Sometimes is the appropriate answer here. Depending on your specific situation, you may be able to change your payment terms from annual to quarterly or monthly.
Who has decision making authority inside of Microsoft and why?
There are multiple levels of decision making authority inside of Microsoft. That is purely by design. The decision making largely depends on the annual contract value of your new and/or prospect contract with Microsoft. Subsequently, the decision making rights change depending on if you are a new customer or a renewal customer.
For the purposes of a renewal, the primary decision maker is the business desk. This is a specific group inside of Microsoft that is meant to handle your renewal from end-to-end.
The business desk is incentivized to keep your revenue flat as their worst case scenario. Your account team is presented with a 10% revenue growth target for each of their accounts. If they are unable to satisfy this target, they will refocus their energy on those accounts where there is growth opportunity. At such time, they will hand off the deal to their renewal team at the “business desk.”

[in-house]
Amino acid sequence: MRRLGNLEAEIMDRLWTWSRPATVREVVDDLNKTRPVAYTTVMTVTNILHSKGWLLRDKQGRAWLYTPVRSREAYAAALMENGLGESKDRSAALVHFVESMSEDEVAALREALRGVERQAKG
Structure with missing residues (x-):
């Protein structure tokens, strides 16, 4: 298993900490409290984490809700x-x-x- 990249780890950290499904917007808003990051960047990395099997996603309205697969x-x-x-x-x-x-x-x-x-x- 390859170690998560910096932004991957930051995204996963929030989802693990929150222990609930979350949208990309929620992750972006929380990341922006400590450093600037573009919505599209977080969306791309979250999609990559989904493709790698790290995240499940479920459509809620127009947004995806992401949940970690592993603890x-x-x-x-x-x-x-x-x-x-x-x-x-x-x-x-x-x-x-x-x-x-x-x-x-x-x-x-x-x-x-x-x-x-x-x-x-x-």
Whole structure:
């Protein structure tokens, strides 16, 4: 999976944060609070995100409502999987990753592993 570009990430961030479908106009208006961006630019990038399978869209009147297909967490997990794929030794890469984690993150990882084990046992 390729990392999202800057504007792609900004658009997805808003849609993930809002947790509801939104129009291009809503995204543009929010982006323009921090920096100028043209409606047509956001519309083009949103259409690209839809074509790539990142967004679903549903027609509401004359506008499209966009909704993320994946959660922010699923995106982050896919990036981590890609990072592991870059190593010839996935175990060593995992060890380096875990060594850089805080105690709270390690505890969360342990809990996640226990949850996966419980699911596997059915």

The business desk is essentially a sales enablement team in the background supporting your account team and driving the deal from behind the scenes.
To bypass this, you should aim to incorporate the business desk as part of your negotiation. This helps eliminate the extra step of the business desk being separate from your deals and improves the outcome of your negotiation.
The other thing you can do to improve your negotiation, and achieve better decision making authority, is to require a sales executive sponsor from Microsoft to join in on your negotiation. For example, if you spend $5M+ per year with Microsoft, you should require an SVP from the sales organization within Microsoft to be part of your negotiations.
With that type of connection, you can pass through a lot of back and forth and get to the bottom line much quicker.
When you have a high level sponsor involved in the deal, this enables you to exchange value in different ways with Microsoft such as collaborating on white papers, case studies, or structuring deals to work with Microsoft's innovation team, or test new products. Having a high level sponsor enables all of these additional leverage points to be brought into a negotiation.
The Bottom Line
Microsoft has a deliberately designed sales process and most companies are so entwined in their products that they readily accept new subscription charges and upgrades without digging deeper into their specific needs.
Our goal here is to help educate you on the best practices for negotiating with Microsoft. If you have additional questions or want to see more articles like this - whether for Microsoft or other SaaS companies - let us know so we know where to prioritize our focus for future articles.